After a multiple violent mass shootings in recent weeks, we, yet again, return to the topic of gun control and the role it plays in our tribalized divided time. These incidences of mass violence have become all too familiar in recent years. Guns are at the center of our hyper-partisan world, politically, legislatively, and culturally.
Are real solutions possible? Where does the public stand on gun control? Will Buffalo and Uvalde be turning points? Right now, there is some consensus on gun control across party, but there is also significant division. What’s more, our data shows real skepticism that their elected officials will make change.
Below are five charts on guns, reform, and tribalism in America today:
- Gun control central to tribalism. While there are moments of bipartisan agreement around gun control, guns cut at the heart of our hyper-partisan world. Is the solution to mass shootings more guns? Is gun control masquerading as a way for the government to take away people’s guns? The answers to these questions are one of the markers of our divided country.
- In theory, gun control unites us. In practice, divisions remain. Majorities of Americans, regardless of party, support some form of gun control regulation. Yet, partisanship divides the public on where guns should be allowed, whether elementary school teachers or staff should be armed, and if law abiding citizens should be allowed to carry concealed weapons. A tale of two Americas—one red, the other blue.
- Political mobilization vs. division. Many Americans would back a candidate in the midterms who would support the right to own firearms and supports laws to limit easy access to guns. Yet, when asked about political groups, like the NRA, the partisan signals go up, and division ensues.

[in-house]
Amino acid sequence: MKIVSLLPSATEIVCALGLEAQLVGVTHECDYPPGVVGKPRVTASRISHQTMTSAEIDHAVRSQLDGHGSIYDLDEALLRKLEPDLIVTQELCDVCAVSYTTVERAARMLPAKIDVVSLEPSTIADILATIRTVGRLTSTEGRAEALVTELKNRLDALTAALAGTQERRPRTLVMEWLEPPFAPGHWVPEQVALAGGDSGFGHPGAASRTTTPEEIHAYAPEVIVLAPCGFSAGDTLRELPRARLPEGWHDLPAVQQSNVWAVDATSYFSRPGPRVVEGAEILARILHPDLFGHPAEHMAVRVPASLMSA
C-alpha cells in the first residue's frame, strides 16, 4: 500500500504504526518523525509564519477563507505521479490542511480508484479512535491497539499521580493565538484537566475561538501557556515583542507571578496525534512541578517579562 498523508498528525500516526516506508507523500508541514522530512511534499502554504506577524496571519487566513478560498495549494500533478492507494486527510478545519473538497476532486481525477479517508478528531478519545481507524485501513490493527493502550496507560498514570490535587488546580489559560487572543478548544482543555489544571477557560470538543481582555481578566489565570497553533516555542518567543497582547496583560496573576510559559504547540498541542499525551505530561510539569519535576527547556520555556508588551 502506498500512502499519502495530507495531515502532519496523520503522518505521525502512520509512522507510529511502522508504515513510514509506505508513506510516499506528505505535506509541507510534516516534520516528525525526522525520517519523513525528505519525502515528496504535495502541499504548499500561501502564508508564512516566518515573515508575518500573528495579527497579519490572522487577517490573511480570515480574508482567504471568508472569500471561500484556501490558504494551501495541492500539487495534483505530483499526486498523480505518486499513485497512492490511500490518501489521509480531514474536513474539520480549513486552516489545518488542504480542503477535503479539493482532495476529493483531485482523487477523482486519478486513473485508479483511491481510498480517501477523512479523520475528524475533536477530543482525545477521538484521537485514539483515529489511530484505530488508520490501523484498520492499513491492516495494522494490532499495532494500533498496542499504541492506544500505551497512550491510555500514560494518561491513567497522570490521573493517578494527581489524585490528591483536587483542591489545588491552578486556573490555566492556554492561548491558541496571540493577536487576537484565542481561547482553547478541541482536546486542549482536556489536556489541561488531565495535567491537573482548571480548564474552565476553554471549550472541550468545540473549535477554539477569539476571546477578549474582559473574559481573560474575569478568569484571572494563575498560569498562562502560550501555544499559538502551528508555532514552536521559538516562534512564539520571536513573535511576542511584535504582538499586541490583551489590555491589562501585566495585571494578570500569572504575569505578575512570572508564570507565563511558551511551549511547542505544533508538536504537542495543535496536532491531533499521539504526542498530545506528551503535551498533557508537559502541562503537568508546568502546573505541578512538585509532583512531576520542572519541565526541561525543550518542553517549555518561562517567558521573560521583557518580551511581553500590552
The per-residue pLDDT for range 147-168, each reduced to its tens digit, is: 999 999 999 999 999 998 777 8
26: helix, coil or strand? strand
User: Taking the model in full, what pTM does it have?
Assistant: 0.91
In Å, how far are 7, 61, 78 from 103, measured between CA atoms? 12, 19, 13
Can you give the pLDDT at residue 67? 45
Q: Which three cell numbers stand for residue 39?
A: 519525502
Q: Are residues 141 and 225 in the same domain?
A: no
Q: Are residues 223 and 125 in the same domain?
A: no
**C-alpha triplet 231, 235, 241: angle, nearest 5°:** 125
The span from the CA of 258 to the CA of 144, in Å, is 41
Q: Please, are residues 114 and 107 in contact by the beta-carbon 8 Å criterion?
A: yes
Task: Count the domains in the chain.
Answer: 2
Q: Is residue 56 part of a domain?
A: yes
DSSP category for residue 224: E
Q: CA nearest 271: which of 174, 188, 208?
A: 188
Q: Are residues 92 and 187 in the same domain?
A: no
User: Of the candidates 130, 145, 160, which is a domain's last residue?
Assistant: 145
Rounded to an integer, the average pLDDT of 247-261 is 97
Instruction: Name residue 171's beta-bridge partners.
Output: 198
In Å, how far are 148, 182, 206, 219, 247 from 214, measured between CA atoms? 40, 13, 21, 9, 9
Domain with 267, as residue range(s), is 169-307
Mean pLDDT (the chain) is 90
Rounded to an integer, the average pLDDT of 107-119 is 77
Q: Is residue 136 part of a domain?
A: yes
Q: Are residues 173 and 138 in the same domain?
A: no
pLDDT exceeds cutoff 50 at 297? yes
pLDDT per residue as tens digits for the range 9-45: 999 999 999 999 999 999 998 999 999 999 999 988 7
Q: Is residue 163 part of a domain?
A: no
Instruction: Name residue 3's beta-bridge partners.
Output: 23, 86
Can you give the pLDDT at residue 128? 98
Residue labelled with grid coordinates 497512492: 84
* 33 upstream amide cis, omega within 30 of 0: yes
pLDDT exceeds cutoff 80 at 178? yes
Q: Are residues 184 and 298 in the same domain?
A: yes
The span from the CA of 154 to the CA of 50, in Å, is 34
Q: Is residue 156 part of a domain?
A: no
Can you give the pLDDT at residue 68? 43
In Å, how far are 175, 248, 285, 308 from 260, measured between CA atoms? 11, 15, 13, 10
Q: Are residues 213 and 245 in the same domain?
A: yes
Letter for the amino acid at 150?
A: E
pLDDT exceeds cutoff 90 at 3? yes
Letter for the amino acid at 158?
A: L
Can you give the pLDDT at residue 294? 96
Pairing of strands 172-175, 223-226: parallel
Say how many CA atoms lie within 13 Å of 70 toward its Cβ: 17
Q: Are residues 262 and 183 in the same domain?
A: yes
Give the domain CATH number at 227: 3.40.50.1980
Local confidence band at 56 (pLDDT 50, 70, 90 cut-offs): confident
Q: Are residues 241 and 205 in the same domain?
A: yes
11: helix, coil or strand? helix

- Lack of confidence around action. Even though there is some consensus among the public around gun control, most Americans are not confident that their elected representatives will do something this year to strengthen gun laws in the U.S. No political will, no action.
- Is this our turning point? Nearly all Americans are aware of the recent mass shootings that have taken place in the past weeks, regardless of party. When asked about the shooting in Buffalo, many Black Americans were sad and angry, but few were shocked or surprised. These mass shootings have become the grim backdrop of American life, and even for communities reeling after one of these events, few are shocked. In fact, many aren’t surprised and expect them.
Guns are integral to how we describe our politics. Despite this, there are some areas for bipartisanship. Discouragingly, though, even when there is consensus and potential for solutions, the impulse for division is strong and ever-present when it comes to gun control. Few believe their elected leaders will deliver on solutions.
One more mass shooting— it is now something that is now commonplace in today’s America.